“Fire.” The rider said in an impossibly calm voice.
A deep red glow. Her eyes flashed to it. A ball of flame, flickering and writhing in his curled hand. The shirt he’d borrowed was in tatters, charred remains of it still hanging to his wrists and his waist. The light was flickering, making the tattoos that spanned his chest and shoulders like a cloak look like they were twitching.
Ros moved out into the rain, scanning the ground. She caught sight of her father. He was laying with his back to them on the other side of the circle of burned earth that surrounded the sword. Ros ran toward him, taking a wide circle around that sword. It looked normal now, no strange lights, no ghost screaming on the end of it.
But you never could tell.
She slid in on her knees, the muddy grass ripping easily under her. “Papa!” She said, and she laid her hand gently on his shoulder. The thunder was dying back into silence.
He shivered, and jerked away. Ros pulled her hand back, startled. He sat up, rubbing his eyes.
“Ros?” He said, voice as blurry as she had ever heard it. He was shaking. Ros scooted next to him.
“Yes Papa. It’s me. How are you feeling?” She had expected to be afraid, but the fear had drained away. Right now, only nothing filled its place.
“Bad.” Papa blinked at her, his eyes unfocused. “Bad.”
Ros stood up. “I’ll be right back.” She bolted to the house, found a water skin, and brought it back. Now she could feel the fear, nipping at her heels, her thoughts starting to dance in tight, unhappy circles. Ros knelt next to her father and reached under his back.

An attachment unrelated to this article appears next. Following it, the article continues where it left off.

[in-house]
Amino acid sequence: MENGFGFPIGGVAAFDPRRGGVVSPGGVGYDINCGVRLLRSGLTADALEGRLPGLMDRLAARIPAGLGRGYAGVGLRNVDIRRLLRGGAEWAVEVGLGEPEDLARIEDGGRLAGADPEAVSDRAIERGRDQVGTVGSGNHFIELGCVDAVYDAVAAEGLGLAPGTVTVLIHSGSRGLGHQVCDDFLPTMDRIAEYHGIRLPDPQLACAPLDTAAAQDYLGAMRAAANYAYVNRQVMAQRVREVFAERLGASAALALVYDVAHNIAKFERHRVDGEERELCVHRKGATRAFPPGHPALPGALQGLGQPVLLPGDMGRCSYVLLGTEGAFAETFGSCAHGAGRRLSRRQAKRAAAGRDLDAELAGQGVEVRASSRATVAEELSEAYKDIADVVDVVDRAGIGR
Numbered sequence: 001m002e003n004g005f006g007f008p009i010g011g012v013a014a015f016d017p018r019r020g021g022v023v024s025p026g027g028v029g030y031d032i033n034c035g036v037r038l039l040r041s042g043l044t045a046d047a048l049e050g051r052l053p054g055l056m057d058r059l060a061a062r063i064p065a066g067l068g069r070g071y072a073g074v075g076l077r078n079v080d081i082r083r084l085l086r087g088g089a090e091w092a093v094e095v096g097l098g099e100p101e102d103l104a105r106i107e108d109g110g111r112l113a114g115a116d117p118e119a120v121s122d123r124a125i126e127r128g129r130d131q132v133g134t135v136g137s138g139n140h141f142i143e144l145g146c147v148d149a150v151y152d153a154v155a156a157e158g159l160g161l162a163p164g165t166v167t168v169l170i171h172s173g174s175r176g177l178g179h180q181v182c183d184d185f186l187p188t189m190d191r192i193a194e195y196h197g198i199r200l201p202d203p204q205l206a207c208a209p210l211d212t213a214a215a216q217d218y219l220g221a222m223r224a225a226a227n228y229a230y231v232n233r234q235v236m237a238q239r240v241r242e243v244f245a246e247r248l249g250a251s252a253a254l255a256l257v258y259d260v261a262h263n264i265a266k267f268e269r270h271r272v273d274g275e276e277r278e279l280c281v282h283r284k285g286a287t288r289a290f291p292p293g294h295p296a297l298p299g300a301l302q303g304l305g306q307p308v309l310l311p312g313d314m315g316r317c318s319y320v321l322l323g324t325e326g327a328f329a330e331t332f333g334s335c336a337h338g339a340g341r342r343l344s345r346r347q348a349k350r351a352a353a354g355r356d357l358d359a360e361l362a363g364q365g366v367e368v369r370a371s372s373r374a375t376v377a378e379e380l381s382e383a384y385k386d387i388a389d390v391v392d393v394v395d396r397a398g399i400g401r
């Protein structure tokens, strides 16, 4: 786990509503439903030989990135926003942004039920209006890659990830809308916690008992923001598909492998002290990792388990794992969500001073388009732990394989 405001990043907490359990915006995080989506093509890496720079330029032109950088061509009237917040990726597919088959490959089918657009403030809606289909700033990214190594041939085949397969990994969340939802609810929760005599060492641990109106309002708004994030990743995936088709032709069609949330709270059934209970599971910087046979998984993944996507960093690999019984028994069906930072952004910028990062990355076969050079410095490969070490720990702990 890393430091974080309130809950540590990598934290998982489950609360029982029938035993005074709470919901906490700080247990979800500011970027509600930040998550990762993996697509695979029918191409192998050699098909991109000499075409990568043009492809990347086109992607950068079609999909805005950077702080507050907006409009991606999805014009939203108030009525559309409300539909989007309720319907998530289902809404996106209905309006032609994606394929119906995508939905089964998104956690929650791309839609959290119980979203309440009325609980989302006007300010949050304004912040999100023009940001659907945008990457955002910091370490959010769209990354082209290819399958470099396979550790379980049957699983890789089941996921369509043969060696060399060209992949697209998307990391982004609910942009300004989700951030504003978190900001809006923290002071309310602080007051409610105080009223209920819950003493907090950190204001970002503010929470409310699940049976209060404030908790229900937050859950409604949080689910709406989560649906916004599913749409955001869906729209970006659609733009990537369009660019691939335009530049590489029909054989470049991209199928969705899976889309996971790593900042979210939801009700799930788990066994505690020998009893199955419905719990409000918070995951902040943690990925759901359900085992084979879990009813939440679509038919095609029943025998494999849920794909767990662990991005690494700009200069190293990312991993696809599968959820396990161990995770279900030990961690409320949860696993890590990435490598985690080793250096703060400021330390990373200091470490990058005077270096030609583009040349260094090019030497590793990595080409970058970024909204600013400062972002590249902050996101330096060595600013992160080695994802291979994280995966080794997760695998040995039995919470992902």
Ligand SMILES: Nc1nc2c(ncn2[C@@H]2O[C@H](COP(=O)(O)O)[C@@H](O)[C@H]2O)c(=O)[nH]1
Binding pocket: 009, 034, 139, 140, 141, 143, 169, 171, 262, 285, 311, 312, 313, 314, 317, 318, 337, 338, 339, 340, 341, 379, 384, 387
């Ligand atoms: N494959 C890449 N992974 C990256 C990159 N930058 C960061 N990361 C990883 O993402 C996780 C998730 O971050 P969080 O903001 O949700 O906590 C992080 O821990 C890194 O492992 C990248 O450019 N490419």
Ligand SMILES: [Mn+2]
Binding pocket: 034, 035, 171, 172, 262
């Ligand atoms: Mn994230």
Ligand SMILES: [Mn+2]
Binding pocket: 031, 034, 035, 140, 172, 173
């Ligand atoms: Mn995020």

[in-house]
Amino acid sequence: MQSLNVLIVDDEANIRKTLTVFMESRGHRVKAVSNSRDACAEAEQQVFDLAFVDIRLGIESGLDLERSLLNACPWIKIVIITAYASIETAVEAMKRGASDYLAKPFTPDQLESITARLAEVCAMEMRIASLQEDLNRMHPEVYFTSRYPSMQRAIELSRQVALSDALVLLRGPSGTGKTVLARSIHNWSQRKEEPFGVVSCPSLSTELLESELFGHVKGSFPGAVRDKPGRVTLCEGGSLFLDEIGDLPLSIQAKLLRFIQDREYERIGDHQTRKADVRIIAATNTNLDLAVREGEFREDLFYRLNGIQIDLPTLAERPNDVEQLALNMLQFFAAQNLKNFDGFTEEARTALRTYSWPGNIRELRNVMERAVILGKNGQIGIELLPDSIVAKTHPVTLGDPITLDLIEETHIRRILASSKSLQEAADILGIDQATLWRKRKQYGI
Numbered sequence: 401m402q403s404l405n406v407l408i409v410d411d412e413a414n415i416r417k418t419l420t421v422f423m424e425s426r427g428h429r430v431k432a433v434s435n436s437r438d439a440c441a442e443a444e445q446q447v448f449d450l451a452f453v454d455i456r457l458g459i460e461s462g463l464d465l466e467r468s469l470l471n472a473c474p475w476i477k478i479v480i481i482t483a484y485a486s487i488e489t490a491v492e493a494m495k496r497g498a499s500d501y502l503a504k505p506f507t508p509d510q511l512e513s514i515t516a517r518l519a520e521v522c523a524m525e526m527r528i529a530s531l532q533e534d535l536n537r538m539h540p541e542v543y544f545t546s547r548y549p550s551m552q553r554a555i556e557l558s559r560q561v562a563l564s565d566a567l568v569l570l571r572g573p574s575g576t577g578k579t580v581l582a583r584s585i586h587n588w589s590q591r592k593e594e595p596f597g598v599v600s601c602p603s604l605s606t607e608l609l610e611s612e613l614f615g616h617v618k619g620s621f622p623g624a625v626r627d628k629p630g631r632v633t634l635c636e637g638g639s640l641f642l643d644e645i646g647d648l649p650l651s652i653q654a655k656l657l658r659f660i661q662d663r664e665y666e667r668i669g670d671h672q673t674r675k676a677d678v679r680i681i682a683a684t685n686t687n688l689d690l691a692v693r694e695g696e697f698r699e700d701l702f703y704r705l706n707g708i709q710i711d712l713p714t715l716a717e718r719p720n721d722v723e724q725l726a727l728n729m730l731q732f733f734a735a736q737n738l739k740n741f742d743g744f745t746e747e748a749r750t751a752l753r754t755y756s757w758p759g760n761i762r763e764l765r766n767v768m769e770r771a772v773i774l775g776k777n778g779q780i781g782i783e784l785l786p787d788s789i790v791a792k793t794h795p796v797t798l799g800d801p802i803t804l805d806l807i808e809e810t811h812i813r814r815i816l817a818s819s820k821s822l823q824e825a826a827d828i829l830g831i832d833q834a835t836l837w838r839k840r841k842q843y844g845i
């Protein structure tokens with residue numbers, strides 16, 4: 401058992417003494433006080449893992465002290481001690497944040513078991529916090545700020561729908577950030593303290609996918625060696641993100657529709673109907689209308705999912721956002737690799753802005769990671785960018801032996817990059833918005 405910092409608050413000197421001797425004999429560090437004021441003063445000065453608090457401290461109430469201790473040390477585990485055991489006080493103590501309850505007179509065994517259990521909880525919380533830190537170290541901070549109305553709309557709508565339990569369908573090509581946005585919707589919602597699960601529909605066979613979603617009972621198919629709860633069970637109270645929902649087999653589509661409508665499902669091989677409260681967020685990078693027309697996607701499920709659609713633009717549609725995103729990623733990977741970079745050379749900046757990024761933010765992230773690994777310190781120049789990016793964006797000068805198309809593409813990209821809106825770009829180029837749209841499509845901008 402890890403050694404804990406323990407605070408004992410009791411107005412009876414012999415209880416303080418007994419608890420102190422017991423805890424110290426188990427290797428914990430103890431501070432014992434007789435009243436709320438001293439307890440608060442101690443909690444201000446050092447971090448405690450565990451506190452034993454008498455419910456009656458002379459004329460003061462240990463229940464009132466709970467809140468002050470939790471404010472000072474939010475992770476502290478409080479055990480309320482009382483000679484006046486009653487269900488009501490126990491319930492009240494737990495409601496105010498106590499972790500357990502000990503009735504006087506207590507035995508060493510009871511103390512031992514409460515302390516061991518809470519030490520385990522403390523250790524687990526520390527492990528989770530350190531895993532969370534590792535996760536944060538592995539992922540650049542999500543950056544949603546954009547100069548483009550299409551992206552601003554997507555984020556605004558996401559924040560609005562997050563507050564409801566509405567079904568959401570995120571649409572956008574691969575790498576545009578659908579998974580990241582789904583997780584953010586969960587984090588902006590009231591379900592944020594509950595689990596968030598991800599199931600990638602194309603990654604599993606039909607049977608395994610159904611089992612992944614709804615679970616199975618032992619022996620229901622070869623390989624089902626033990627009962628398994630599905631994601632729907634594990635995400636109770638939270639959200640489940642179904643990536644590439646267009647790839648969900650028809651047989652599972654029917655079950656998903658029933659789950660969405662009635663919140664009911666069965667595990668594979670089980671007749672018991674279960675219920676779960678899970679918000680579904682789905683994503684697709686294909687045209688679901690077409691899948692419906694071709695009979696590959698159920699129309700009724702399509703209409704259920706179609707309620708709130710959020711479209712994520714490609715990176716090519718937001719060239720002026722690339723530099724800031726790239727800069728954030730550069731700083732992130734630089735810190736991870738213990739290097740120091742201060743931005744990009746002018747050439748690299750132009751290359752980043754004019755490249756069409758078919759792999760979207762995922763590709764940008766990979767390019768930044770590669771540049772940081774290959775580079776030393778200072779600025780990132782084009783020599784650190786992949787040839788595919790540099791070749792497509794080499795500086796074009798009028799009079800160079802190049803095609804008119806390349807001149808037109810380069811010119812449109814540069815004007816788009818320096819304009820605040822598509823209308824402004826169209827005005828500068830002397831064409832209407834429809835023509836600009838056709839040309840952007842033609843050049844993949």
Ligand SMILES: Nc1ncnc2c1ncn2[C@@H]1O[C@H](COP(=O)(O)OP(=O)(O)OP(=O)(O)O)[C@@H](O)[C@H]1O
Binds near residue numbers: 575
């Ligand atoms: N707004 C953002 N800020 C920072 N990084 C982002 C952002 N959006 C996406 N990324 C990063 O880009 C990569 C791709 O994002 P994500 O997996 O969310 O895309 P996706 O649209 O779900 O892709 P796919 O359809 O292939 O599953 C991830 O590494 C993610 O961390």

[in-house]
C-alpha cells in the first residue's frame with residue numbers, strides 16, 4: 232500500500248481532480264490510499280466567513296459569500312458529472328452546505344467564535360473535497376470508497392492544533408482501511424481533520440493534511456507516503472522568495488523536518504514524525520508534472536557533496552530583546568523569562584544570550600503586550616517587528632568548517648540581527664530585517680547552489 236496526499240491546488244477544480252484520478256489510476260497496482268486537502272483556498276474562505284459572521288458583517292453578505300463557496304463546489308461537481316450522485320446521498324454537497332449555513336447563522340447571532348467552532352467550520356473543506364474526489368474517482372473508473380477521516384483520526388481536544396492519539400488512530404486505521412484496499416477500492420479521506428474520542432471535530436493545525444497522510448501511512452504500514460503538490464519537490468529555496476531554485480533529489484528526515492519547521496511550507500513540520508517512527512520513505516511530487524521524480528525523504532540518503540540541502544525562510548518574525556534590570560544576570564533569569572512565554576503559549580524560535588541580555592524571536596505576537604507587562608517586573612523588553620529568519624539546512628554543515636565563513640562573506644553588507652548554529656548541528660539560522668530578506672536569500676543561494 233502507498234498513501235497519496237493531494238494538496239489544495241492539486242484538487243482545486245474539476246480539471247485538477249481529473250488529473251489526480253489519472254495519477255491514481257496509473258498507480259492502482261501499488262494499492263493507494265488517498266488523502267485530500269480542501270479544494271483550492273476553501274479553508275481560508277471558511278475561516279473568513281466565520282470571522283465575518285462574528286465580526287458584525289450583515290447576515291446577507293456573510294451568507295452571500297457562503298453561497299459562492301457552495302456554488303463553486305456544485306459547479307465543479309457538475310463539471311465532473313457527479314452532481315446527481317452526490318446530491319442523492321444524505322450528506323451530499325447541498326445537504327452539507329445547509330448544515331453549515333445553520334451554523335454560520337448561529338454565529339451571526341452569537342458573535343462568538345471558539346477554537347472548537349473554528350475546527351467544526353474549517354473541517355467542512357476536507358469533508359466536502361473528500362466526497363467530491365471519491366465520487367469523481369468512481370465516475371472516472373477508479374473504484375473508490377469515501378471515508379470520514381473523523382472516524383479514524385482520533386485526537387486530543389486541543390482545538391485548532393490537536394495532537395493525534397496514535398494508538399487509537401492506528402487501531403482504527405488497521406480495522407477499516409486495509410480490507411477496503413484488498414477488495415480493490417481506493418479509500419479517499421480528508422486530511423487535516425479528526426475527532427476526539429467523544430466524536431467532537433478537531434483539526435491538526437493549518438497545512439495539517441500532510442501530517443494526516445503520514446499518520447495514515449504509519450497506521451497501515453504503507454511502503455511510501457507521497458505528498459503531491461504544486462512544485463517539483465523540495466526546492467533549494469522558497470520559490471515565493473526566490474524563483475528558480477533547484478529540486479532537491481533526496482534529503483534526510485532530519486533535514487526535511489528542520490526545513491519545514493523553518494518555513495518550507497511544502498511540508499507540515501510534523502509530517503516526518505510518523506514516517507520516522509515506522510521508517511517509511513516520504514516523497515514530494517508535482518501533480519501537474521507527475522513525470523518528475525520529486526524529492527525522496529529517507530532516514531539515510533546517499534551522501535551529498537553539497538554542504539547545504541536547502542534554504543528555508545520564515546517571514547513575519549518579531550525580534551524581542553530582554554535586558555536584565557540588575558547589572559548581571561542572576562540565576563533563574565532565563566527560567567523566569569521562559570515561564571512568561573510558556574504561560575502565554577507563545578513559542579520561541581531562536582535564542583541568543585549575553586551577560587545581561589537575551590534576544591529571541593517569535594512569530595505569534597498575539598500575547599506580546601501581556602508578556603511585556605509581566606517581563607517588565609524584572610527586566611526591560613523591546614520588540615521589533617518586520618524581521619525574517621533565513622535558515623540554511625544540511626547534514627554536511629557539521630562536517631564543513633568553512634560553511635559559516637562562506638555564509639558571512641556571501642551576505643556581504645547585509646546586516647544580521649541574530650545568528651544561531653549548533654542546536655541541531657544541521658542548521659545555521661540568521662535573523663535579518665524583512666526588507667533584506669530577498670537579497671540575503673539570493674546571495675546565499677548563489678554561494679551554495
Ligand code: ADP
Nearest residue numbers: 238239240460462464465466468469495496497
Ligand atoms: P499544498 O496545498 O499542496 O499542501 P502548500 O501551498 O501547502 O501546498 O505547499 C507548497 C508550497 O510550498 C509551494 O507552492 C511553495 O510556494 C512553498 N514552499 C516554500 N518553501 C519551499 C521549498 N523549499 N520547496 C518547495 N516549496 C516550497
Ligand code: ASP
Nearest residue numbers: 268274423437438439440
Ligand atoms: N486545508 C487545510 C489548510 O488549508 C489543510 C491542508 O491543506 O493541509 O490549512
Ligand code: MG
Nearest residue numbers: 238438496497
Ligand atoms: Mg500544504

He flinched away again, and then leaned into her arm. Ros helped him sit up, and then handed him the water skin. “Here Papa. Have a drink.” His hair was plastered to his face by the rain.
He took it, still shivering, and drank. He began to cough. Water came back up, spilling down his front and around the sides of his beard.
“You need to drink it.” Ros said, quietly, insistently. She could feel the presence of the rider behind her. The light he was carrying did not hiss or flicker in the rain the way a torch would.
Her father looked at her. He lifted the water again, but again it spilled out the sides of his cheeks, as if he couldn’t hold it in.
The rider stepped beside her. He’d picked up his sword. He held it at his side. Gently. On his arm, the tattoos thrashed. Ros tried not to look at them.
“Sir.” He said, voice devoid of person-hood. Not quite empty, but not full of anything she recognized.
Papa didn’t even respond to his voice. He pulled his knees up to his chest, keeping his balance, leaning forward a bit. Then he coughed up the rest of the water.
“Papa, please.” Ros said, her voice steady. Her heart quailed. “I need you to drink it.”
Papa finished coughing. “In a bit. In a bit.” He said, grumpiness crawling in to his voice. “I can’t keep it down right now. Nausea.”